Ragnar Kjartansson’s Paris Debut Takes a Cinematic Journey through Unconsummated Desire and the Everyday
“I’ve always liked that saying that the cliché is the ultimate expression,” Ragnar Kjartansson told a throng of journalists at the Palais de Tokyo in Paris on Monday—without even a hint of irony. Dressed in a red bowtie and a navy suit for the opening of his first solo exhibition in France, the Icelandic artist was the very picture of Nordic health: flushed cheeks, twinkling eyes, lips drawn into a mischievous grin. And despite the austerity of his professional, black-clad crowd, he continued in that jubilant tone, regularly inserting jolly voices into his speech as though reading a story to children. “Performance is really in everything,” he concluded, dropping suddenly into a baritone, “and I’m always interested in that tension between the acted and the real.”
Based in Reykjavik and educated at the Royal Academy of Sweden and the Icelandic Academy of the Arts, Kjartansson is of a piece with his work. His personal theatricality is reflected in his video installations, durational performances, and paintings, all of which draw equally from the fields of sculpture, plein-air painting, opera, cinema, and theater. Throughout his multidisciplinary process, he plumbs the omnipresence of artifice in the history of human expression, framing it as an invaluable fact of existence. But rather than focus on the sinister aspect of our tendency to dissemble and affect, his lyrical compositions uplift, celebrating our shared impulse to feign and transcend reality.
“Only he who knows desire,” as his show is titled, occupies a network of high-ceilinged, windowless chambers on a lower floor of the Palais. It feels a bit like backstage, and that is exactly the point. As viewers descend the stairs from the foyer, they are greeted by a minimalist installation of plywood theater props painted to recall snow-capped mounds of striated stone—a grove of illusionistic boulders—that shares its title with the show. The scene evokes Odyssian journeys over land and sea. And yet it’s also endearingly transparent in its material reality: wood pretending to be rock. These modest accessories exist in a state of such desperate and obvious imitation that they remind us of ourselves.
It’s a poignant metaphor for the human inclination to aspire, inviting projection and acting as a poetic opening salvo to the rest of the presentation. In Scenes from Western Culture (2015), inspired by the bucolic charm of Jean-Antoine Watteau’s 17th-century compositions, a series of filmed vignettes play on loop across several large screens. Although nothing really ever happens, each one, like a cinematic painting, offers a fragmented glimpse into a sort of idealized version of the everyday, one both exaggerated and banal. A long-limbed couple makes love on a white bed; a woman swims laps in a stone pool; children play on the majestic steps of a public garden; a dog sleeps beside a grandfather clock. Although these moments suggest the potential for narrative, they never organize themselves into one. The phantasm of real life that is almost evoked feels all the more artificial for its choreographed naturalism.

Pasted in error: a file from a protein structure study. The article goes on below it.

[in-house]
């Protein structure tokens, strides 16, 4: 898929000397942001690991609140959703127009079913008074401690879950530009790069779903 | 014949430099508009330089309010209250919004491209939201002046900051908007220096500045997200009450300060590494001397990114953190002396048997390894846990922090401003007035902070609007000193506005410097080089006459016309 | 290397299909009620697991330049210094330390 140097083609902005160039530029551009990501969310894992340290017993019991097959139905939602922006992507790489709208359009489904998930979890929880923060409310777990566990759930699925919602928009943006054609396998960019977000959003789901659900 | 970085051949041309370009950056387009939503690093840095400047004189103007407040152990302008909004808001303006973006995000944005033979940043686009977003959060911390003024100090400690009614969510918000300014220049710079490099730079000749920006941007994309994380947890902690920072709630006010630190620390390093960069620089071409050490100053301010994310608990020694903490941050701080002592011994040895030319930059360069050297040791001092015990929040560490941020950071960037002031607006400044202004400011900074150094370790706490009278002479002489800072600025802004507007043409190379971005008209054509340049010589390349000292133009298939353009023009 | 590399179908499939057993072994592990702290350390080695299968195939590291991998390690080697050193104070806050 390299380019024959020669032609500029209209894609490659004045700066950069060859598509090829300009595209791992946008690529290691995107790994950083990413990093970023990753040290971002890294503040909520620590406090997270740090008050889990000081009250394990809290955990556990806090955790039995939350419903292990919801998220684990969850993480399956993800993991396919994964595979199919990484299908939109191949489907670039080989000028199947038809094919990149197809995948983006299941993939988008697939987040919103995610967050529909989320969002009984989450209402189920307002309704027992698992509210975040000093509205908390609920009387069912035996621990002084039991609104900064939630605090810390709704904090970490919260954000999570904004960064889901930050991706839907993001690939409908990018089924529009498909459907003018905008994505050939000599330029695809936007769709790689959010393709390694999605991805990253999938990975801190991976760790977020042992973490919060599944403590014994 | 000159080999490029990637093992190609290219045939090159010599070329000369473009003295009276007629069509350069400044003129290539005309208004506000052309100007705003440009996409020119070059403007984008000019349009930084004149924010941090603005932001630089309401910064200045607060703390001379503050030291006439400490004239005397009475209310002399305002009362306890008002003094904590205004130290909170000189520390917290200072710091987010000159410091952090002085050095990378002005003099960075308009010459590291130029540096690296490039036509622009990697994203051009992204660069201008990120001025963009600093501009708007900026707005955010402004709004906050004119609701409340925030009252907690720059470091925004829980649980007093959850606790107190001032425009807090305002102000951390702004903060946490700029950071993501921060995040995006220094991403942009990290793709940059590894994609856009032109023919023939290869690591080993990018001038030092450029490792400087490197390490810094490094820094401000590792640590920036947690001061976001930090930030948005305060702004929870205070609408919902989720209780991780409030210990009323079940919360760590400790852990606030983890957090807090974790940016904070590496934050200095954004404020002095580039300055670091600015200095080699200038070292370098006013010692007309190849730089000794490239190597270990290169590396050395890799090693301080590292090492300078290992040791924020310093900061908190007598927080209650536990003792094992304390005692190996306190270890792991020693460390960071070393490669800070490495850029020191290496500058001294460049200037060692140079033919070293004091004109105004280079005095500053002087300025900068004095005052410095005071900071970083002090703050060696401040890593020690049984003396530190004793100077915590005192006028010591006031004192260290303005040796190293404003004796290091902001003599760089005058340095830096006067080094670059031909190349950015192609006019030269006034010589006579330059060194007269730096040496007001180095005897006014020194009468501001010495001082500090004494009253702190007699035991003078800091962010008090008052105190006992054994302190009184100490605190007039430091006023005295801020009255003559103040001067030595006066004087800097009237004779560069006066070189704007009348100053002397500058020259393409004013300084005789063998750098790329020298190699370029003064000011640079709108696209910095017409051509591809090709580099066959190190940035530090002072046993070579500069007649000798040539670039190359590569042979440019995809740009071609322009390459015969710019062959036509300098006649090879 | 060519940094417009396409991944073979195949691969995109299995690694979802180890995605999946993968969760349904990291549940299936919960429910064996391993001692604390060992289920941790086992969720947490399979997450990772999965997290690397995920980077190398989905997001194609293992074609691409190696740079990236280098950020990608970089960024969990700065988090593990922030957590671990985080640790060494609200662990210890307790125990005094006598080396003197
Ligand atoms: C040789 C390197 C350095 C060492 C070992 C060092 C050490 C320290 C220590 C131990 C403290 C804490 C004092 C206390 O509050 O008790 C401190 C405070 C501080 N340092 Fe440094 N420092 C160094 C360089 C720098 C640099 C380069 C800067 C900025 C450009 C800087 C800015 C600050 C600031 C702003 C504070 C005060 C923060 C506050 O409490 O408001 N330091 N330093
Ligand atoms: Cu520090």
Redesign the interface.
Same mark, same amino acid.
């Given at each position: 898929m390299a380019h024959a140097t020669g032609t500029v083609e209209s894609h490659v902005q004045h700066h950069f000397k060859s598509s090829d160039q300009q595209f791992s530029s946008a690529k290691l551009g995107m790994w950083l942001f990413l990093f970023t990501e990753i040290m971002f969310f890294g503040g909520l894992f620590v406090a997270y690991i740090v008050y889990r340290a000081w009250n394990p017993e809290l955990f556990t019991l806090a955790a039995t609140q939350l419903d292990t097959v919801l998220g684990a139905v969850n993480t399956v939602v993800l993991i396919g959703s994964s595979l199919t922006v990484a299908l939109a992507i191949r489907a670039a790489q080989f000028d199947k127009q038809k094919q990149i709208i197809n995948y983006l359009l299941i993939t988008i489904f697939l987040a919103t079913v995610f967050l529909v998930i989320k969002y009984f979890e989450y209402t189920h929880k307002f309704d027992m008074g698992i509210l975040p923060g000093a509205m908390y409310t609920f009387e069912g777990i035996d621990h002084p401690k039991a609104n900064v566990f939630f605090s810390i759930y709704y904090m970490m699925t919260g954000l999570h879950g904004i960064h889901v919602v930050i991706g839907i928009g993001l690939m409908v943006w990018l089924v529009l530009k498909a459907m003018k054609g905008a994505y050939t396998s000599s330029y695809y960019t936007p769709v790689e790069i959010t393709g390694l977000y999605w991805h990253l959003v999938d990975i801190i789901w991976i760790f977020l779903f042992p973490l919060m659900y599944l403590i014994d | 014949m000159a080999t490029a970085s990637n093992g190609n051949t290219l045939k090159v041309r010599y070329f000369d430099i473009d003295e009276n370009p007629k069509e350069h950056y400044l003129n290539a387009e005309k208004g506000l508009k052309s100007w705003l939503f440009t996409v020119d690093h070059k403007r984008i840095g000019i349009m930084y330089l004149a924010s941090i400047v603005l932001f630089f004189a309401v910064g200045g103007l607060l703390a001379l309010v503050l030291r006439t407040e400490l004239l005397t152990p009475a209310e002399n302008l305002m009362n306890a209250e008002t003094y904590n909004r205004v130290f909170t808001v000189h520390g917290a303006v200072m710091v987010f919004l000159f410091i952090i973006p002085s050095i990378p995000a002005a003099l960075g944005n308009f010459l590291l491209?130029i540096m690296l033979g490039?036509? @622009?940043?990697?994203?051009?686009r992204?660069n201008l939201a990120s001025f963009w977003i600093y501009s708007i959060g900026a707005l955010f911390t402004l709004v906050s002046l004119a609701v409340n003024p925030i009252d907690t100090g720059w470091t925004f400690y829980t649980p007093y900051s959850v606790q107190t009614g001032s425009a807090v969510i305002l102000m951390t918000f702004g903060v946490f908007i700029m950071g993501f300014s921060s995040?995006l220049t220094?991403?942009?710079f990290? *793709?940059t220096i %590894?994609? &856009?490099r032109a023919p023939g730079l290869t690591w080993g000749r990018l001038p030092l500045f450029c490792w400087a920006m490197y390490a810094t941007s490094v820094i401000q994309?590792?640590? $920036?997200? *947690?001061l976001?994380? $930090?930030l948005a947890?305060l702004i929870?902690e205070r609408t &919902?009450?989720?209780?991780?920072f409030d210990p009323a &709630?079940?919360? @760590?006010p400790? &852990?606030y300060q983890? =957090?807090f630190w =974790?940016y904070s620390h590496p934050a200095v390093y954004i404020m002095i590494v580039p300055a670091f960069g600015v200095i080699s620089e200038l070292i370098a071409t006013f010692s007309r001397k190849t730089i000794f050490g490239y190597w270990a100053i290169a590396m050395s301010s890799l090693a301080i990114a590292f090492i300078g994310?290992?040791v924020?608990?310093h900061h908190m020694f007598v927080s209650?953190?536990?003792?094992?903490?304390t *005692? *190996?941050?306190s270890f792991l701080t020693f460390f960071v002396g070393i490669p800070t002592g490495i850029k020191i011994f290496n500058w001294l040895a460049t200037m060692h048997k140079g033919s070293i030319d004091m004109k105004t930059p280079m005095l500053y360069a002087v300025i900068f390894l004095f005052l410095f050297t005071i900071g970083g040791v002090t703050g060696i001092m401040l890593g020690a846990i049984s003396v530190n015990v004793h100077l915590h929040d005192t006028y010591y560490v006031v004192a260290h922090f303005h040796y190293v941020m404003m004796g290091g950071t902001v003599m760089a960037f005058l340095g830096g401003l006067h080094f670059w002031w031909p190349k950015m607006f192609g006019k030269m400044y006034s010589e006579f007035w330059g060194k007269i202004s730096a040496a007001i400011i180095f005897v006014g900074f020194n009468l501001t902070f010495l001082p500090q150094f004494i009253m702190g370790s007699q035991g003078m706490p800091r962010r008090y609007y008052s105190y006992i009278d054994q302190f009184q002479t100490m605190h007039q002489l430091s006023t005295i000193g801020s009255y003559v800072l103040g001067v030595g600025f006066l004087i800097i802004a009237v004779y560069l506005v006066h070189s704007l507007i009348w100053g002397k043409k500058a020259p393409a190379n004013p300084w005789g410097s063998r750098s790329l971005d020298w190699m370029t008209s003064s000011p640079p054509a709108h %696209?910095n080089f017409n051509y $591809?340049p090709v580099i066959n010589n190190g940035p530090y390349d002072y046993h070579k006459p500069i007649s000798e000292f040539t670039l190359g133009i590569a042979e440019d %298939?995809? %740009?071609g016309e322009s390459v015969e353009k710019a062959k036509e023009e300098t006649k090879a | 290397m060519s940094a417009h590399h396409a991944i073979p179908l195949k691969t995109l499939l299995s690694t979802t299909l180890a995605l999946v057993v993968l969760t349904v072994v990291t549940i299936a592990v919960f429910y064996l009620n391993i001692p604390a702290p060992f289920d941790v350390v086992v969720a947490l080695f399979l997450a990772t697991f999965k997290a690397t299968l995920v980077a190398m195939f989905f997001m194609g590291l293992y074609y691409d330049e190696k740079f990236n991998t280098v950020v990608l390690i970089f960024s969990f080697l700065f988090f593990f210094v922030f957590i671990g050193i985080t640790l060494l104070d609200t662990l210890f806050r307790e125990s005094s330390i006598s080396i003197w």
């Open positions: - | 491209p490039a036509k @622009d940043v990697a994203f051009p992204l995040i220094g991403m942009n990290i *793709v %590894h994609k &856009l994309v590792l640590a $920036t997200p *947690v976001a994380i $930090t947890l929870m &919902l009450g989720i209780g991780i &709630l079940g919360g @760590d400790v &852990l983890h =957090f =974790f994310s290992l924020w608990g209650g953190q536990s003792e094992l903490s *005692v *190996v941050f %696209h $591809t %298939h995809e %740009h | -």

That sensation is echoed in Bonjour (2015), a new work conceived specially for this show. Part sculptural installation and part performance, the piece repeats every 14 minutes on a glorious set Kjartansson built to evoke “a touristic idea of France, which of course doesn’t exist in reality.” Indeed, the action unfolds as a utopian period piece of sorts, opening concurrent windows on neighbors Julien and Marie as they go about their daily rituals in a picturesque French village. Following the passage of a day, the light changes as dawn melts into day and then day to darkness, and back again. Our protagonists awake to birdsong, stretch, and begin their morning ablutions.
Viewed in cross-section in their perfectly his-and-her apartments, he makes coffee; she does her hair. Their lives are separate—until he steps outside to smoke, and she descends the stairs toward a fountain to fill a vase of flowers with water. Their eyes meet across the courtyard, they exchange one word—“Bonjour,” spoken forcefully, as though long-repressed—and then they retreat back into the silence of their independent existences. The day moves forward and mundane activities continue: Julien returns to his grand apartment, lit by the low glow of lamps, to read; Marie goes inside and puts on her nightclothes, and they retire before beginning it all over.
But the devil is in the details. Although their encounter is brief, it’s so loaded with longing and unconsummated desire that everything else seems like a mere preparation for it. With the utterance of that one word, all that happened before, and all that happens after, comes to fruition. The piece itself operates as a microcosmic study of performance—as a genre and as a mode of human life. Endless rehearsal and choreography, all to ready us for those fleeting seconds in which the curtains open and we face our audience.
“I’ve always been fascinated by how we stage our presence,” Kjartansson told me as the preview came to an end. “And I think that’s very honest, because even though the idea of performing gets so much bashing, it’s actually who we are, essentially. We are always staging, and I think that’s a good thing: life would be so boring without it.”
“Seu celui qui connaît le désir” is on view at Palais de Tokyo, Paris, Oct. 21, 2015–Jan. 10, 2016.